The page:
Title: A Hologram For The King
Director: Tom Tykwer
Major Players: Tom Hanks, Alexander Black, Sarita Choudhury
Out Of Five: 3
On the same day I waded through the liquid concrete of Christian Bale trying to find some meaning in his life in Malick’s Knight Of Cups, I came across another man trying to the same thing, but in a wholly different way. He was Tom Hanks and the film was the adaptation of David Eggers’ novel, A Hologram For The King.
And here, everybody’s favourite Everyman is an ace salesman: to the outside world, he’s always Mr Positive. After taking some serious personal and professional knocks, he’s working for an IT company bidding for a massively lucrative contract in Saudi Arabia. He’s leading the presentation team but, once there, he encounters all kinds of obstacles with preparing their pitch – as well as his own health issues. And just a little bit of middle aged romance.
So Hanks is back in his eminently likeable Everyman mode, a latter day Jimmy Stewart without the drawl, and it’s something he can do in his sleep. There’s a bit more interest added this time round by his back story. His divorce has shattered him, he’s haunted by memories of a previous job where he had to make an entire workforce redundant – as his father never fails to remind him every single time they talk to each other – and then he has a health scare to contend with.
He’s not the only one who’s not what he seems. The story revolves around the city of Jeddah and, from the outside, it’s a city like any other: skyscrapers, shops, restaurants. It could be anywhere. Until, that is, he comes into contact with the people on a professional level. They’re unfailingly polite but, unless you happen to speak to exactly the right person and understand all the protocols, you’re stonewalled at every single turn. You wonder how on earth they manage to get anything done, but their ambitions for their huge expanse of sand are enormous – an entire city.
So there’s lots of cultural clashes and lots of fish out of water moments with Hanks as the fish. He suffers badly from jet-lag and is constantly oversleeping. Thanks to the hotel, he rents a car with a driver, Hassan (Alexander Black) who becomes his unofficial guide. The car’s a near wreck, with a nodding camel on the dashboard and Hassan plays all kinds of music from the West – Elvis, ELO, Chicago, not all of which is to Hanks’ liking (nor was any of it chosen for his recent Desert Island Discs appearances). But because he’s spent time in the States, his English is near perfect and he has a very savvy understanding of Westerners. He’s also highly entertaining and the scenes between him and Hanks are very nicely done. Black is amusingly convincing and it didn’t occur to me once that he might be American. Sadly, he’s written out of most of the second half of the film and it’s the poorer for it.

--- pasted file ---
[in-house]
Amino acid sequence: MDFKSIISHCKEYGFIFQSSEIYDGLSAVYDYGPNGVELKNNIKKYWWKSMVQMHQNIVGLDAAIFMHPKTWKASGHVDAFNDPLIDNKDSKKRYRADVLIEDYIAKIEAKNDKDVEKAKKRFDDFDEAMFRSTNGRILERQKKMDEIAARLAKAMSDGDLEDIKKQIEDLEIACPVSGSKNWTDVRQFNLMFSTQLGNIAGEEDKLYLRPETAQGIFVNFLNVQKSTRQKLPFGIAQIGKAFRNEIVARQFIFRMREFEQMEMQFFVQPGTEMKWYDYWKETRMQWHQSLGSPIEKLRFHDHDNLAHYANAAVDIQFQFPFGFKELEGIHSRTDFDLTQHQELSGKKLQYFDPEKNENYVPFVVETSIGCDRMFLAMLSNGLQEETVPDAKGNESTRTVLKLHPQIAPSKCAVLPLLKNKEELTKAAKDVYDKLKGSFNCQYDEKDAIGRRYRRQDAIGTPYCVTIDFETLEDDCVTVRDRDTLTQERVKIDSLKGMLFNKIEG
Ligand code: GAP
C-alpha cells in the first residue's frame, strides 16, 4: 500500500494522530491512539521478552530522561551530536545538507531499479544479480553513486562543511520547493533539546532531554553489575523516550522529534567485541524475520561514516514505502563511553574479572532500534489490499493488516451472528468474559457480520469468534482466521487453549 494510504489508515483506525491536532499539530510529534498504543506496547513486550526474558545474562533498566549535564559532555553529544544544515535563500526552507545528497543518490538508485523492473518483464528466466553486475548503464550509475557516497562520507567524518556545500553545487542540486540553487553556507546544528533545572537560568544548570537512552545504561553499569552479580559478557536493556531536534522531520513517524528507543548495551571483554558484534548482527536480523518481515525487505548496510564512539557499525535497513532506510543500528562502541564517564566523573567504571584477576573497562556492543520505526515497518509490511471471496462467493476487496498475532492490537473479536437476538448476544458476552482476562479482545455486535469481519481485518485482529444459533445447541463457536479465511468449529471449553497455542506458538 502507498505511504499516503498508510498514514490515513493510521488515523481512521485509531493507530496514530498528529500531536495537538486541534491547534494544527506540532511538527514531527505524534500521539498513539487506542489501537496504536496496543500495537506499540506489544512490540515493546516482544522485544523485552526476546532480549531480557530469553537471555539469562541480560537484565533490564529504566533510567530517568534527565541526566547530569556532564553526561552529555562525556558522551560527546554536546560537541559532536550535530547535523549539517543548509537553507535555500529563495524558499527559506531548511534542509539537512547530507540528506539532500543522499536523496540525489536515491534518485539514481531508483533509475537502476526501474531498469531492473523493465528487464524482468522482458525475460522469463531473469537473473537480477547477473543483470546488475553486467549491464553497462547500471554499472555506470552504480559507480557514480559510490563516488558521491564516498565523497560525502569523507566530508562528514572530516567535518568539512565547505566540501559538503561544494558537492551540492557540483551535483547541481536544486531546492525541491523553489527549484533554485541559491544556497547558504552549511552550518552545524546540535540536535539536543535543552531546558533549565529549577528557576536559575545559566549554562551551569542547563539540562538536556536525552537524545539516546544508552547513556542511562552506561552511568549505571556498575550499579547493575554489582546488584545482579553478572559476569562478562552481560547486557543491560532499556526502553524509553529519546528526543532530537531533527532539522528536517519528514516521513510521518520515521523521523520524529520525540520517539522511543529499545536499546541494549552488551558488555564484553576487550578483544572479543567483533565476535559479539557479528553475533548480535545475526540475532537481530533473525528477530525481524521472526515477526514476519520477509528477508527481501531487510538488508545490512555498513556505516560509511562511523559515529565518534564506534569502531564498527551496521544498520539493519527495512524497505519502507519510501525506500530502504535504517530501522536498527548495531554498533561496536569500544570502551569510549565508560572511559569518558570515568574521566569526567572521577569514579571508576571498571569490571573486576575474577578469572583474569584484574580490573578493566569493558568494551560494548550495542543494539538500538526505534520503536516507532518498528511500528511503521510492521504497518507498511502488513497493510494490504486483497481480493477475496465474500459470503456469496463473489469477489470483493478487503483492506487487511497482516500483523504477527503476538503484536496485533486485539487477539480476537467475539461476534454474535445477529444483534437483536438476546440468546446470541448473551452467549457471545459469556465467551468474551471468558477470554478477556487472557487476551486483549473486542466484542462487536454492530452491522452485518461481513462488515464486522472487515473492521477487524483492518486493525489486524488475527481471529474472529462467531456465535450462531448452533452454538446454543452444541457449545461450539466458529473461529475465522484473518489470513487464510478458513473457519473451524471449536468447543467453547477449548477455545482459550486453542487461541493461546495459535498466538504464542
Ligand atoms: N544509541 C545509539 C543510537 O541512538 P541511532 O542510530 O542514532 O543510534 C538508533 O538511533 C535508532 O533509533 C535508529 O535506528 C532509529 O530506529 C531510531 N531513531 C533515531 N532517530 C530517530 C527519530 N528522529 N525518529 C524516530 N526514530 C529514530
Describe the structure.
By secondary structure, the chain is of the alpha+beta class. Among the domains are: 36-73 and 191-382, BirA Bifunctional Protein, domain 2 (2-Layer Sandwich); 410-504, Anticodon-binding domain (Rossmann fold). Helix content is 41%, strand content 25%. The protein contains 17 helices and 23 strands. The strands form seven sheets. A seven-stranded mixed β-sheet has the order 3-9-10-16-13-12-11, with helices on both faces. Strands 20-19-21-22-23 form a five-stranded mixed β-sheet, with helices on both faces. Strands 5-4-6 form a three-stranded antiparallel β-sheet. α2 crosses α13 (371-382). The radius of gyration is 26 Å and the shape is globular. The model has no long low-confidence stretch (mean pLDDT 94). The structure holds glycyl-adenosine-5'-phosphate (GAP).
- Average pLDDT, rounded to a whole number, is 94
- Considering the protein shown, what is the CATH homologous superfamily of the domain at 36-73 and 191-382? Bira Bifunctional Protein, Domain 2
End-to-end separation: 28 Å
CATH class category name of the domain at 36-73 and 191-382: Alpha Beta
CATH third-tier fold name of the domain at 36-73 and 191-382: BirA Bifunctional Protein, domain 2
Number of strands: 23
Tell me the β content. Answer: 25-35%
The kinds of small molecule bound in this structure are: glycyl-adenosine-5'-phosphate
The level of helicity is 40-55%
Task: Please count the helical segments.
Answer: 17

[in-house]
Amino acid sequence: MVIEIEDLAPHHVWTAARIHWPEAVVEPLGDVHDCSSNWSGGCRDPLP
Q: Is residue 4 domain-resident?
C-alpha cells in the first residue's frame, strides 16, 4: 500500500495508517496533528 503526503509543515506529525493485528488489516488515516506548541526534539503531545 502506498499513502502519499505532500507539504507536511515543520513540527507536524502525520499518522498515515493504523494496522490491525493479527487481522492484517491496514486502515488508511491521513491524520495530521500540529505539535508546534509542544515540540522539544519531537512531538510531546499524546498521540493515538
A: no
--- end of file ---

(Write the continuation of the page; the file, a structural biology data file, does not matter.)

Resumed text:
Essentially, the film is a meander through the desert in the company of Hanks. For a while the film is all about getting the job done in the middle of the desert, then we’re diverted when he goes with Hassan to visit his family in a remote village. Then it’s back to the job, then we’re off on another tangent, this time with his visits to the hospital for an operation and his burgeoning relationship with the female doctor (Sarita Choudhury). After which, it’s all wrapped up very quickly. There’s actually a number of potentially interesting stories knocking around here, but most of them are under-developed, leaving it to Hanks and, when he’s there, Black that keep the thing afloat. Otherwise, despite being likeable and diverting, it’s really rather patchy and nothing special.
And it’s a total waste of Ben Whishaw!
A Hologram For The King is released in cinemas on Friday, 20 May and reviewed on Talking Pictures on Thursday, 19 May.